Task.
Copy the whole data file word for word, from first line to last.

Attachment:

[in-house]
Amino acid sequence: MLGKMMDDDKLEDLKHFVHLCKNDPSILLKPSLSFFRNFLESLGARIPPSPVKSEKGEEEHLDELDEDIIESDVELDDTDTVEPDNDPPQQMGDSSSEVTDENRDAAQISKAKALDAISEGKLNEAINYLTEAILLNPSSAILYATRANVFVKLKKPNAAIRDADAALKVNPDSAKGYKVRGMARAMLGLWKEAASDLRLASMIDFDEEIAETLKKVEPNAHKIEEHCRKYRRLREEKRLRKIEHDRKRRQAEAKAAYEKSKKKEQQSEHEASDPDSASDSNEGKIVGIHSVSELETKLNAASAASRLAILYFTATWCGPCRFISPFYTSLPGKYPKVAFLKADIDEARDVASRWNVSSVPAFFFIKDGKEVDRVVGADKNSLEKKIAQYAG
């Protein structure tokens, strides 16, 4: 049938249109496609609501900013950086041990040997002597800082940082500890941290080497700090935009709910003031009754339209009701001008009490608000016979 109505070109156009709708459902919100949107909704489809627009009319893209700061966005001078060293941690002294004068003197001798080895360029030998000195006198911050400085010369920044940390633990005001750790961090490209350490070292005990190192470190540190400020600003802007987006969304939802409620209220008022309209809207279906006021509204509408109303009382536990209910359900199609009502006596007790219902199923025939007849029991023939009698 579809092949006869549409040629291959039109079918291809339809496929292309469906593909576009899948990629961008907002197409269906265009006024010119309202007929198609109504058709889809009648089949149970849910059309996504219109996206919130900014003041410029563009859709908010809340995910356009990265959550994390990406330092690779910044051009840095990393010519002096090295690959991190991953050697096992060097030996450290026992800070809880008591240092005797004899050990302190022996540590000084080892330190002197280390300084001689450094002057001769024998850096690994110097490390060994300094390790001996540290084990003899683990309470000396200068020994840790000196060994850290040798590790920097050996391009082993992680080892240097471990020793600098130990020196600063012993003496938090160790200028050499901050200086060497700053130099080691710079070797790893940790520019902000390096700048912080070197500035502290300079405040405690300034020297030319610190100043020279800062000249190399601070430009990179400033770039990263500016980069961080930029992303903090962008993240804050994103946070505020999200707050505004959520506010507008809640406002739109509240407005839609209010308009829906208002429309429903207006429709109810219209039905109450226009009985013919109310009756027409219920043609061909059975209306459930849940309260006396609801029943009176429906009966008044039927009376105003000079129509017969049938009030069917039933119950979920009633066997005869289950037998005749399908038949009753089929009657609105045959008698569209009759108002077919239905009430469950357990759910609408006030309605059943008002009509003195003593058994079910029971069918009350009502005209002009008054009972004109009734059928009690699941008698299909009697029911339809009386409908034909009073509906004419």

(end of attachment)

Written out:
[in-house]
Amino acid sequence: MLGKMMDDDKLEDLKHFVHLCKNDPSILLKPSLSFFRNFLESLGARIPPSPVKSEKGEEEHLDELDEDIIESDVELDDTDTVEPDNDPPQQMGDSSSEVTDENRDAAQISKAKALDAISEGKLNEAINYLTEAILLNPSSAILYATRANVFVKLKKPNAAIRDADAALKVNPDSAKGYKVRGMARAMLGLWKEAASDLRLASMIDFDEEIAETLKKVEPNAHKIEEHCRKYRRLREEKRLRKIEHDRKRRQAEAKAAYEKSKKKEQQSEHEASDPDSASDSNEGKIVGIHSVSELETKLNAASAASRLAILYFTATWCGPCRFISPFYTSLPGKYPKVAFLKADIDEARDVASRWNVSSVPAFFFIKDGKEVDRVVGADKNSLEKKIAQYAG
């Protein structure tokens, strides 16, 4: 049938249109496609609501900013950086041990040997002597800082940082500890941290080497700090935009709910003031009754339209009701001008009490608000016979 109505070109156009709708459902919100949107909704489809627009009319893209700061966005001078060293941690002294004068003197001798080895360029030998000195006198911050400085010369920044940390633990005001750790961090490209350490070292005990190192470190540190400020600003802007987006969304939802409620209220008022309209809207279906006021509204509408109303009382536990209910359900199609009502006596007790219902199923025939007849029991023939009698 579809092949006869549409040629291959039109079918291809339809496929292309469906593909576009899948990629961008907002197409269906265009006024010119309202007929198609109504058709889809009648089949149970849910059309996504219109996206919130900014003041410029563009859709908010809340995910356009990265959550994390990406330092690779910044051009840095990393010519002096090295690959991190991953050697096992060097030996450290026992800070809880008591240092005797004899050990302190022996540590000084080892330190002197280390300084001689450094002057001769024998850096690994110097490390060994300094390790001996540290084990003899683990309470000396200068020994840790000196060994850290040798590790920097050996391009082993992680080892240097471990020793600098130990020196600063012993003496938090160790200028050499901050200086060497700053130099080691710079070797790893940790520019902000390096700048912080070197500035502290300079405040405690300034020297030319610190100043020279800062000249190399601070430009990179400033770039990263500016980069961080930029992303903090962008993240804050994103946070505020999200707050505004959520506010507008809640406002739109509240407005839609209010308009829906208002429309429903207006429709109810219209039905109450226009009985013919109310009756027409219920043609061909059975209306459930849940309260006396609801029943009176429906009966008044039927009376105003000079129509017969049938009030069917039933119950979920009633066997005869289950037998005749399908038949009753089929009657609105045959008698569209009759108002077919239905009430469950357990759910609408006030309605059943008002009509003195003593058994079910029971069918009350009502005209002009008054009972004109009734059928009690699941008698299909009697029911339809009386409908034909009073509906004419």